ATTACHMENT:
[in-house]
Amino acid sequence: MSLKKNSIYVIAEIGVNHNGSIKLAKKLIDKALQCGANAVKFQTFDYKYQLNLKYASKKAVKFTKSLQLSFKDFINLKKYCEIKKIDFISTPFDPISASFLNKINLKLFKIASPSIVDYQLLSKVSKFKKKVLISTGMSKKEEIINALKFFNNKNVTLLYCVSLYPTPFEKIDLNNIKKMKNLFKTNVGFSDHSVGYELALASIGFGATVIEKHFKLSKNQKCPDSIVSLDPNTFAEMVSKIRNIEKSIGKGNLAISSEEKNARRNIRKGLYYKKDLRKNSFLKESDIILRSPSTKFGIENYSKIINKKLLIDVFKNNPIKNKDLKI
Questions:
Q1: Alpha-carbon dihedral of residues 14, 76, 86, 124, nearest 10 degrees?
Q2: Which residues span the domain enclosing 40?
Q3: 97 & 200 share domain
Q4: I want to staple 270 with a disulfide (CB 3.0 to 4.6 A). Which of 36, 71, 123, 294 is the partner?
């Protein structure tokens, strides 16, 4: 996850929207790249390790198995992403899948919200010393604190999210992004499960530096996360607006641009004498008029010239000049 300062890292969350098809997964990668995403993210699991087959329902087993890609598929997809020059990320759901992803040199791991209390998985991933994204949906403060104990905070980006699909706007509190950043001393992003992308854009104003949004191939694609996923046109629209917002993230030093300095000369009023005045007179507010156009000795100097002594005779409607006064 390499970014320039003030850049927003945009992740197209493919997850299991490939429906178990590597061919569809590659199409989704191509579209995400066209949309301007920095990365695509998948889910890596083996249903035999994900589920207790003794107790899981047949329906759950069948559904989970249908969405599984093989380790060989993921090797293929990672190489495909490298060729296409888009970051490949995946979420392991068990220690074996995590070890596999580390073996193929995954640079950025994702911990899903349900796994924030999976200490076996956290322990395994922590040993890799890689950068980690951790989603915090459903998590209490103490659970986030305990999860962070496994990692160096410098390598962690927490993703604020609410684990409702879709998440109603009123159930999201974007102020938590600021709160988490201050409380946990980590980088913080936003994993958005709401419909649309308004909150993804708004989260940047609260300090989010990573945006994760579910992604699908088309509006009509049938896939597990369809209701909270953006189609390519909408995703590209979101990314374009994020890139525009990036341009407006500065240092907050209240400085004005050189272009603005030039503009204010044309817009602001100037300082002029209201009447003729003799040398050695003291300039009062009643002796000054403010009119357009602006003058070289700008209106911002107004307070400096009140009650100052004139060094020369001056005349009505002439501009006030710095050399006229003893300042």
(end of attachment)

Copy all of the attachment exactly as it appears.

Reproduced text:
[in-house]
Amino acid sequence: MSLKKNSIYVIAEIGVNHNGSIKLAKKLIDKALQCGANAVKFQTFDYKYQLNLKYASKKAVKFTKSLQLSFKDFINLKKYCEIKKIDFISTPFDPISASFLNKINLKLFKIASPSIVDYQLLSKVSKFKKKVLISTGMSKKEEIINALKFFNNKNVTLLYCVSLYPTPFEKIDLNNIKKMKNLFKTNVGFSDHSVGYELALASIGFGATVIEKHFKLSKNQKCPDSIVSLDPNTFAEMVSKIRNIEKSIGKGNLAISSEEKNARRNIRKGLYYKKDLRKNSFLKESDIILRSPSTKFGIENYSKIINKKLLIDVFKNNPIKNKDLKI
Questions:
Q1: Alpha-carbon dihedral of residues 14, 76, 86, 124, nearest 10 degrees?
Q2: Which residues span the domain enclosing 40?
Q3: 97 & 200 share domain
Q4: I want to staple 270 with a disulfide (CB 3.0 to 4.6 A). Which of 36, 71, 123, 294 is the partner?
């Protein structure tokens, strides 16, 4: 996850929207790249390790198995992403899948919200010393604190999210992004499960530096996360607006641009004498008029010239000049 300062890292969350098809997964990668995403993210699991087959329902087993890609598929997809020059990320759901992803040199791991209390998985991933994204949906403060104990905070980006699909706007509190950043001393992003992308854009104003949004191939694609996923046109629209917002993230030093300095000369009023005045007179507010156009000795100097002594005779409607006064 390499970014320039003030850049927003945009992740197209493919997850299991490939429906178990590597061919569809590659199409989704191509579209995400066209949309301007920095990365695509998948889910890596083996249903035999994900589920207790003794107790899981047949329906759950069948559904989970249908969405599984093989380790060989993921090797293929990672190489495909490298060729296409888009970051490949995946979420392991068990220690074996995590070890596999580390073996193929995954640079950025994702911990899903349900796994924030999976200490076996956290322990395994922590040993890799890689950068980690951790989603915090459903998590209490103490659970986030305990999860962070496994990692160096410098390598962690927490993703604020609410684990409702879709998440109603009123159930999201974007102020938590600021709160988490201050409380946990980590980088913080936003994993958005709401419909649309308004909150993804708004989260940047609260300090989010990573945006994760579910992604699908088309509006009509049938896939597990369809209701909270953006189609390519909408995703590209979101990314374009994020890139525009990036341009407006500065240092907050209240400085004005050189272009603005030039503009204010044309817009602001100037300082002029209201009447003729003799040398050695003291300039009062009643002796000054403010009119357009602006003058070289700008209106911002107004307070400096009140009650100052004139060094020369001056005349009505002439501009006030710095050399006229003893300042």